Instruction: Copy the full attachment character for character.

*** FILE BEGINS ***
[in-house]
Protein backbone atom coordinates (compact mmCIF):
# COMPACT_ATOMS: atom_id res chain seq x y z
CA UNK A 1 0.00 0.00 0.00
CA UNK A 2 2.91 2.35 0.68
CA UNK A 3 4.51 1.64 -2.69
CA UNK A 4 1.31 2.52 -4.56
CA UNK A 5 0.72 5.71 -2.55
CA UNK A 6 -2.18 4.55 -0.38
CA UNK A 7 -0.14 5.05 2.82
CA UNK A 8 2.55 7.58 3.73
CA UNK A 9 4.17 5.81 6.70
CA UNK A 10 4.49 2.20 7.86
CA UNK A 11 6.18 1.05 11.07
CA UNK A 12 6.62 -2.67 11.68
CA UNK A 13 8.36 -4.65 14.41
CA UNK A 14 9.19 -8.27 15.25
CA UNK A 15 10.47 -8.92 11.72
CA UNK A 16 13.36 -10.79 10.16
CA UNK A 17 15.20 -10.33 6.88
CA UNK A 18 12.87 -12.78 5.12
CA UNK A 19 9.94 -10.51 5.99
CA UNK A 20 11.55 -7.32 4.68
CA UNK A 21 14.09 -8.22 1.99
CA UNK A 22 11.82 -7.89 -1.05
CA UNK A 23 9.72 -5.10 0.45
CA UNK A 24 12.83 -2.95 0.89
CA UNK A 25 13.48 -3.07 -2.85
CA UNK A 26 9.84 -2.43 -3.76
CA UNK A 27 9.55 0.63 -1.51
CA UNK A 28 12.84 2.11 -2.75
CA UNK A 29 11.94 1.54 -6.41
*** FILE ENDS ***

[in-house]
Protein backbone atom coordinates (compact mmCIF):
# COMPACT_ATOMS: atom_id res chain seq x y z
CA UNK A 1 0.00 0.00 0.00
CA UNK A 2 2.91 2.35 0.68
CA UNK A 3 4.51 1.64 -2.69
CA UNK A 4 1.31 2.52 -4.56
CA UNK A 5 0.72 5.71 -2.55
CA UNK A 6 -2.18 4.55 -0.38
CA UNK A 7 -0.14 5.05 2.82
CA UNK A 8 2.55 7.58 3.73
CA UNK A 9 4.17 5.81 6.70
CA UNK A 10 4.49 2.20 7.86
CA UNK A 11 6.18 1.05 11.07
CA UNK A 12 6.62 -2.67 11.68
CA UNK A 13 8.36 -4.65 14.41
CA UNK A 14 9.19 -8.27 15.25
CA UNK A 15 10.47 -8.92 11.72
CA UNK A 16 13.36 -10.79 10.16
CA UNK A 17 15.20 -10.33 6.88
CA UNK A 18 12.87 -12.78 5.12
CA UNK A 19 9.94 -10.51 5.99
CA UNK A 20 11.55 -7.32 4.68
CA UNK A 21 14.09 -8.22 1.99
CA UNK A 22 11.82 -7.89 -1.05
CA UNK A 23 9.72 -5.10 0.45
CA UNK A 24 12.83 -2.95 0.89
CA UNK A 25 13.48 -3.07 -2.85
CA UNK A 26 9.84 -2.43 -3.76
CA UNK A 27 9.55 0.63 -1.51
CA UNK A 28 12.84 2.11 -2.75
CA UNK A 29 11.94 1.54 -6.41